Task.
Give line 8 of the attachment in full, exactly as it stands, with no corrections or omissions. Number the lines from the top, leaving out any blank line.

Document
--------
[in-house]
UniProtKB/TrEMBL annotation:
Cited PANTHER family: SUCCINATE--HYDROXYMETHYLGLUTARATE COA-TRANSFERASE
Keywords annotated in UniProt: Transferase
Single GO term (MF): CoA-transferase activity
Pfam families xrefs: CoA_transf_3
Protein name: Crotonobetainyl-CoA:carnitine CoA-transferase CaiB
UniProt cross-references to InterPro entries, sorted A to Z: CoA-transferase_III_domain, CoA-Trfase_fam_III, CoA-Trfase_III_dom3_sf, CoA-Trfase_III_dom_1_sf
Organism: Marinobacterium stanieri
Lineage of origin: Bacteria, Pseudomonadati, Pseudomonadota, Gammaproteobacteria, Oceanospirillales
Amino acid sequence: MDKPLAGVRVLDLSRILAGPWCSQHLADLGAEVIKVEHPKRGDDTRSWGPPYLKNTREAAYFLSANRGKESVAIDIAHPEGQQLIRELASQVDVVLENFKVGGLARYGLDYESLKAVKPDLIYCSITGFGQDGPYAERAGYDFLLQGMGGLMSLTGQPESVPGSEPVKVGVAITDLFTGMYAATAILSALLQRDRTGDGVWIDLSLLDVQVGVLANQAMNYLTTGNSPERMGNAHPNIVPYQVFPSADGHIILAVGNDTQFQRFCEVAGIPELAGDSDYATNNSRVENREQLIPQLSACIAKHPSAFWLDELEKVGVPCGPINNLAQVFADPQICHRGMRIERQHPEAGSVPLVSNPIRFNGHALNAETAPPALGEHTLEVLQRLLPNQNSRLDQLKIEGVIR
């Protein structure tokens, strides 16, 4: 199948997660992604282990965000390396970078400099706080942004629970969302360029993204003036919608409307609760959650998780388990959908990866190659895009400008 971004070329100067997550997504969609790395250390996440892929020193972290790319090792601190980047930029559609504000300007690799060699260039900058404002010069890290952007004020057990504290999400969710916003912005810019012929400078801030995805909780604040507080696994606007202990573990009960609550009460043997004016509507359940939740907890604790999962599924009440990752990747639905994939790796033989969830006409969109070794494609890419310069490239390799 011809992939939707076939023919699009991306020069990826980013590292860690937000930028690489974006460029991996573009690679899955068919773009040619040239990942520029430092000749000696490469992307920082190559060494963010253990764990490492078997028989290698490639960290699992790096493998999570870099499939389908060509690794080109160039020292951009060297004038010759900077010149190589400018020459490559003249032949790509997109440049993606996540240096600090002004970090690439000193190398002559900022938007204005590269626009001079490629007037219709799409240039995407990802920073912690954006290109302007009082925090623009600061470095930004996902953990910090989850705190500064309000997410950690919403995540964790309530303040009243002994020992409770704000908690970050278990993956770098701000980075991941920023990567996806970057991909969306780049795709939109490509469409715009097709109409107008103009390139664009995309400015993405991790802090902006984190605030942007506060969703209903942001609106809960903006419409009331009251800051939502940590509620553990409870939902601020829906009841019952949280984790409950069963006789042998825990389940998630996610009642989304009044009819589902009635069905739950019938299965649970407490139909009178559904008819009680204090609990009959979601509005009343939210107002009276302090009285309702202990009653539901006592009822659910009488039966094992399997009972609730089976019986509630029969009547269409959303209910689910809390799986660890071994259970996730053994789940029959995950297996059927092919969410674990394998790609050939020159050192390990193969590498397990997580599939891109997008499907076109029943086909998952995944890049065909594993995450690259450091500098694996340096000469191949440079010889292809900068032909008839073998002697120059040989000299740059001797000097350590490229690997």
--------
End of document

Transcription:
UniProt cross-references to InterPro entries, sorted A to Z: CoA-transferase_III_domain, CoA-Trfase_fam_III, CoA-Trfase_III_dom3_sf, CoA-Trfase_III_dom_1_sf